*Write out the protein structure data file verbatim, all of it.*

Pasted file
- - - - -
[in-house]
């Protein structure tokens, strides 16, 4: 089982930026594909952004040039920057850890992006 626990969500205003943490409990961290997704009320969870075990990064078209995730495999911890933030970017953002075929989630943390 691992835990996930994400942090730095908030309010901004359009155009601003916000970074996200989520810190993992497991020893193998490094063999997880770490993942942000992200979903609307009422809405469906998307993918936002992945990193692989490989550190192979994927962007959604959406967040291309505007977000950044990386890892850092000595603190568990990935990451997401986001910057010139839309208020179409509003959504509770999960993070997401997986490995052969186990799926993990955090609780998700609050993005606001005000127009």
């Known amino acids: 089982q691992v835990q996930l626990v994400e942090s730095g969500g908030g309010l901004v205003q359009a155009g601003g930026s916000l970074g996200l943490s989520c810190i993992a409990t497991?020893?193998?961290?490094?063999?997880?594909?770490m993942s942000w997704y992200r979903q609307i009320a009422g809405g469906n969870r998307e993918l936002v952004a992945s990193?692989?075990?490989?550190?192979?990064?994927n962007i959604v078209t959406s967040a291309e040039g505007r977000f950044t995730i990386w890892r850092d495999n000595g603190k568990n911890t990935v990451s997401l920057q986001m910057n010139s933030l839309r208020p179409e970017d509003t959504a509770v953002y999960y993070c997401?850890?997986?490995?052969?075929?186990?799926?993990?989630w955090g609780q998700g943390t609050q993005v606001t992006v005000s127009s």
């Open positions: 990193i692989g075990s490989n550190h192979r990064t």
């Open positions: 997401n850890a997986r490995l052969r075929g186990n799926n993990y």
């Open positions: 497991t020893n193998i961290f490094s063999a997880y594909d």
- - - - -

[in-house]
């Protein structure tokens, strides 16, 4: 089982930026594909952004040039920057850890992006 626990969500205003943490409990961290997704009320969870075990990064078209995730495999911890933030970017953002075929989630943390 691992835990996930994400942090730095908030309010901004359009155009601003916000970074996200989520810190993992497991020893193998490094063999997880770490993942942000992200979903609307009422809405469906998307993918936002992945990193692989490989550190192979994927962007959604959406967040291309505007977000950044990386890892850092000595603190568990990935990451997401986001910057010139839309208020179409509003959504509770999960993070997401997986490995052969186990799926993990955090609780998700609050993005606001005000127009």
């Known amino acids: 089982q691992v835990q996930l626990v994400e942090s730095g969500g908030g309010l901004v205003q359009a155009g601003g930026s916000l970074g996200l943490s989520c810190i993992a409990t497991?020893?193998?961290?490094?063999?997880?594909?770490m993942s942000w997704y992200r979903q609307i009320a009422g809405g469906n969870r998307e993918l936002v952004a992945s990193?692989?075990?490989?550190?192979?990064?994927n962007i959604v078209t959406s967040a291309e040039g505007r977000f950044t995730i990386w890892r850092d495999n000595g603190k568990n911890t990935v990451s997401l920057q986001m910057n010139s933030l839309r208020p179409e970017d509003t959504a509770v953002y999960y993070c997401?850890?997986?490995?052969?075929?186990?799926?993990?989630w955090g609780q998700g943390t609050q993005v606001t992006v005000s127009s």
């Open positions: 990193i692989g075990s490989n550190h192979r990064t």
């Open positions: 997401n850890a997986r490995l052969r075929g186990n799926n993990y």
């Open positions: 497991t020893n193998i961290f490094s063999a997880y594909d």